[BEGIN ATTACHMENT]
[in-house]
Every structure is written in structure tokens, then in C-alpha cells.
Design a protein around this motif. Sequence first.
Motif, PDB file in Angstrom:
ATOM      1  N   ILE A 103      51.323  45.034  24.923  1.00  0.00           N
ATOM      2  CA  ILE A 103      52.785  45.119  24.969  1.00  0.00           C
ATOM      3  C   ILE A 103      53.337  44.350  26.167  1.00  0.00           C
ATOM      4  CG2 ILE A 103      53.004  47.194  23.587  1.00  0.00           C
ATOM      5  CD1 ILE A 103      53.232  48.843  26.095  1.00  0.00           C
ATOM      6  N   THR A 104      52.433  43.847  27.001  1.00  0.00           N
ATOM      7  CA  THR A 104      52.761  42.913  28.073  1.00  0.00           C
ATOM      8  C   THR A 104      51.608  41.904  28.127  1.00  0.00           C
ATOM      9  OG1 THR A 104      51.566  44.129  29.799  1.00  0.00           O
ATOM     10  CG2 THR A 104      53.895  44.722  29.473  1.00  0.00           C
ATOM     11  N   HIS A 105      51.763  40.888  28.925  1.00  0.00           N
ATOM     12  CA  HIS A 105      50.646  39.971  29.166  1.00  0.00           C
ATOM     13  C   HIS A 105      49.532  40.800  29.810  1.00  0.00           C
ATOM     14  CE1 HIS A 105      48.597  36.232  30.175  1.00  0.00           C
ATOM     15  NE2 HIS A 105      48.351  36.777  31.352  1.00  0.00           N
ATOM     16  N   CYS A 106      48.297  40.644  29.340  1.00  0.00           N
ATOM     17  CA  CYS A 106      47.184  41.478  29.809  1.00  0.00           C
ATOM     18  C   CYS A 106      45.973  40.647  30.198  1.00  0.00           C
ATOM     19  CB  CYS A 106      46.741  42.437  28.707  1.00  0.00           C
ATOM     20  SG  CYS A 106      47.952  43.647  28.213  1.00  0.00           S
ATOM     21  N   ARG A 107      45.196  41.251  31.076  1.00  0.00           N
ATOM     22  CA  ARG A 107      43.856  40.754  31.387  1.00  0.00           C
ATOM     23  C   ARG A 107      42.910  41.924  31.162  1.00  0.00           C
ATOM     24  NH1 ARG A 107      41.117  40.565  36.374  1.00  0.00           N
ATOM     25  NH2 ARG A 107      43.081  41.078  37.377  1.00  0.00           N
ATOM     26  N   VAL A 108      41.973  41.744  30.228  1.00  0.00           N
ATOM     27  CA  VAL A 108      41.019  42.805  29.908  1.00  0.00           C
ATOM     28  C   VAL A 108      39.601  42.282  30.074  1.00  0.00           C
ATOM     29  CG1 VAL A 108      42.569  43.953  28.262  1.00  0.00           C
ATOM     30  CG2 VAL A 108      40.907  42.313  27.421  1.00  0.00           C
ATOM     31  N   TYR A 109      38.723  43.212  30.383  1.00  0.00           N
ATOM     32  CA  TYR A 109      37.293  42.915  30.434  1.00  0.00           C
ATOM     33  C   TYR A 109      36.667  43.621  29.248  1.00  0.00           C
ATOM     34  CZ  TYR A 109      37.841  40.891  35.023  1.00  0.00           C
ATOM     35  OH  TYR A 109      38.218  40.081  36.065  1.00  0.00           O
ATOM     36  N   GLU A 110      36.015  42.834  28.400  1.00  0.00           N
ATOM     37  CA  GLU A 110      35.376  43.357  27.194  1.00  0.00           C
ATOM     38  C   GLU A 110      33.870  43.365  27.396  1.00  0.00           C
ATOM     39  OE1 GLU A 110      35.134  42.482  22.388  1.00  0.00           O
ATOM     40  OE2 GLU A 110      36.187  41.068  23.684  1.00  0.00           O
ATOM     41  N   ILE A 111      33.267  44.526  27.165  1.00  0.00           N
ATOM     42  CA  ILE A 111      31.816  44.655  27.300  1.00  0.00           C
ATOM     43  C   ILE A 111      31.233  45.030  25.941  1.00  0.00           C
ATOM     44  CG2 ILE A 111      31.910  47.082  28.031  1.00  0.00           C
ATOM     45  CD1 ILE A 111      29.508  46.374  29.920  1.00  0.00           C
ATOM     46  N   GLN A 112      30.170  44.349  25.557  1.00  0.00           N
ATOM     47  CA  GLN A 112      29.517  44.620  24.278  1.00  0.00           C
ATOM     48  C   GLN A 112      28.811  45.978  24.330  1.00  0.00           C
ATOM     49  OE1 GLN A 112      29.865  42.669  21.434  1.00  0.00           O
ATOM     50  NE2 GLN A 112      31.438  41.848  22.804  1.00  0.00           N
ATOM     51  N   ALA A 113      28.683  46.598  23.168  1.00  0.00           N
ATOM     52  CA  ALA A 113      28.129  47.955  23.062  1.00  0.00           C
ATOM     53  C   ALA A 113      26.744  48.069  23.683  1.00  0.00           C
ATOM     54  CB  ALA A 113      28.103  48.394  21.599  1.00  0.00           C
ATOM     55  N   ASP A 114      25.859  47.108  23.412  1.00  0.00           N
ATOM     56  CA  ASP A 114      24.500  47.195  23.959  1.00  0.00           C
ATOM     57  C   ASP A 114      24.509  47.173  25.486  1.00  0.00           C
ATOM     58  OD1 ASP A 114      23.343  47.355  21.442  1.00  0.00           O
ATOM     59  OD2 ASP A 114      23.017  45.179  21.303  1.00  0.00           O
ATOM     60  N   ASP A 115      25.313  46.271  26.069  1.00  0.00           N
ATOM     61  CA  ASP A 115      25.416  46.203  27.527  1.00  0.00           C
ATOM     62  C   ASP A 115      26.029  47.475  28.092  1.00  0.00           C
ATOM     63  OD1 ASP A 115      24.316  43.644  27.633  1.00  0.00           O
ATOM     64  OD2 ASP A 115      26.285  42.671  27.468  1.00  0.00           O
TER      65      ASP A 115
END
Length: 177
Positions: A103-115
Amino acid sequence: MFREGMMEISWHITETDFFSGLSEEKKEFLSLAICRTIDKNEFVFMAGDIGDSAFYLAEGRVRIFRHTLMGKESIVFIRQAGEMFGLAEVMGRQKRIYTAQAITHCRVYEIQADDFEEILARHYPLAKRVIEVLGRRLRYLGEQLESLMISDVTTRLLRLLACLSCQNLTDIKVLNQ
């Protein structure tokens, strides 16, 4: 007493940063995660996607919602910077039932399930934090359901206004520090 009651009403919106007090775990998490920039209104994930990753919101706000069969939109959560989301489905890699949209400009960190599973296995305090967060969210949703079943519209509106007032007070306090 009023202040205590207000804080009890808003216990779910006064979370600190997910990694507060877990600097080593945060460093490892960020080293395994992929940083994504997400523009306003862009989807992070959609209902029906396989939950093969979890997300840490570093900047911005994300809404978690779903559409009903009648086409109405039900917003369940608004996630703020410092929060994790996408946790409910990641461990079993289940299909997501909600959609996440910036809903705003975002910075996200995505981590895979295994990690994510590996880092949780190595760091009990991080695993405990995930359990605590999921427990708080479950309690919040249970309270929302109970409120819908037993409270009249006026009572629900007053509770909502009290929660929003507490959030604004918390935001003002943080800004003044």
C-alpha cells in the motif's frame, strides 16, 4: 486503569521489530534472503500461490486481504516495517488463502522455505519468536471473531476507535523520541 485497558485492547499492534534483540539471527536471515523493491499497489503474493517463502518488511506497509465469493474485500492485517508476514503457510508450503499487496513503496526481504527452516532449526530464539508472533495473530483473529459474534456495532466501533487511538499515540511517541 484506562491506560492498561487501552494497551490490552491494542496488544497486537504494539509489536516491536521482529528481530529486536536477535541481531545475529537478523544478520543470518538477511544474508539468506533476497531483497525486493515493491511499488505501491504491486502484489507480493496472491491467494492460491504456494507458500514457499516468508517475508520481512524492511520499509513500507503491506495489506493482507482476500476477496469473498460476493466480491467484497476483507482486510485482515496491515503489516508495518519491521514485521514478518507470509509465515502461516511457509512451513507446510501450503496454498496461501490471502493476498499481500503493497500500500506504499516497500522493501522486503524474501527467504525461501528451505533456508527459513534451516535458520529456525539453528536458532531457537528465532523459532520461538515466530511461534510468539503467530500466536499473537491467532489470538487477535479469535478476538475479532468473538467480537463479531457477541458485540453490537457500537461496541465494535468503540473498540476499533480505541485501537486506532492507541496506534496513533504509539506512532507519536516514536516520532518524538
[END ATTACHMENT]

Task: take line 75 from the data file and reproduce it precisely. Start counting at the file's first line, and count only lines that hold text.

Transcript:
C-alpha cells in the motif's frame, strides 16, 4: 486503569521489530534472503500461490486481504516495517488463502522455505519468536471473531476507535523520541 485497558485492547499492534534483540539471527536471515523493491499497489503474493517463502518488511506497509465469493474485500492485517508476514503457510508450503499487496513503496526481504527452516532449526530464539508472533495473530483473529459474534456495532466501533487511538499515540511517541 484506562491506560492498561487501552494497551490490552491494542496488544497486537504494539509489536516491536521482529528481530529486536536477535541481531545475529537478523544478520543470518538477511544474508539468506533476497531483497525486493515493491511499488505501491504491486502484489507480493496472491491467494492460491504456494507458500514457499516468508517475508520481512524492511520499509513500507503491506495489506493482507482476500476477496469473498460476493466480491467484497476483507482486510485482515496491515503489516508495518519491521514485521514478518507470509509465515502461516511457509512451513507446510501450503496454498496461501490471502493476498499481500503493497500500500506504499516497500522493501522486503524474501527467504525461501528451505533456508527459513534451516535458520529456525539453528536458532531457537528465532523459532520461538515466530511461534510468539503467530500466536499473537491467532489470538487477535479469535478476538475479532468473538467480537463479531457477541458485540453490537457500537461496541465494535468503540473498540476499533480505541485501537486506532492507541496506534496513533504509539506512532507519536516514536516520532518524538